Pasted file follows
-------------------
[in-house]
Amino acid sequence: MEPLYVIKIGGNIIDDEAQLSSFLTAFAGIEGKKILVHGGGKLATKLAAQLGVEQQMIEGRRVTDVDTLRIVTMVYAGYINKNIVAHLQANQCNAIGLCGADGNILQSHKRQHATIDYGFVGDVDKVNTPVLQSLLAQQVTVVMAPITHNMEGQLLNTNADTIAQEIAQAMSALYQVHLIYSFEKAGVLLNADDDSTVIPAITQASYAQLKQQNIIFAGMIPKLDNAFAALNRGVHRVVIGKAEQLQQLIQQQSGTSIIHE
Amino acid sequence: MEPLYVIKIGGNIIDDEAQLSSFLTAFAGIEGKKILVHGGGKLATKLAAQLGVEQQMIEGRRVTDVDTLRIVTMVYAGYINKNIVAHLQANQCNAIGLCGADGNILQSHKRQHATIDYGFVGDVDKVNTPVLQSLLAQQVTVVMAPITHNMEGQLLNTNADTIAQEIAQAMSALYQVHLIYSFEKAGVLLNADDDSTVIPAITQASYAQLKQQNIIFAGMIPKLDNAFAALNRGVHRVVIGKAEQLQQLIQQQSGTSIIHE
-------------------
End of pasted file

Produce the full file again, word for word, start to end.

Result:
[in-house]
Amino acid sequence: MEPLYVIKIGGNIIDDEAQLSSFLTAFAGIEGKKILVHGGGKLATKLAAQLGVEQQMIEGRRVTDVDTLRIVTMVYAGYINKNIVAHLQANQCNAIGLCGADGNILQSHKRQHATIDYGFVGDVDKVNTPVLQSLLAQQVTVVMAPITHNMEGQLLNTNADTIAQEIAQAMSALYQVHLIYSFEKAGVLLNADDDSTVIPAITQASYAQLKQQNIIFAGMIPKLDNAFAALNRGVHRVVIGKAEQLQQLIQQQSGTSIIHE
Amino acid sequence: MEPLYVIKIGGNIIDDEAQLSSFLTAFAGIEGKKILVHGGGKLATKLAAQLGVEQQMIEGRRVTDVDTLRIVTMVYAGYINKNIVAHLQANQCNAIGLCGADGNILQSHKRQHATIDYGFVGDVDKVNTPVLQSLLAQQVTVVMAPITHNMEGQLLNTNADTIAQEIAQAMSALYQVHLIYSFEKAGVLLNADDDSTVIPAITQASYAQLKQQNIIFAGMIPKLDNAFAALNRGVHRVVIGKAEQLQQLIQQQSGTSIIHE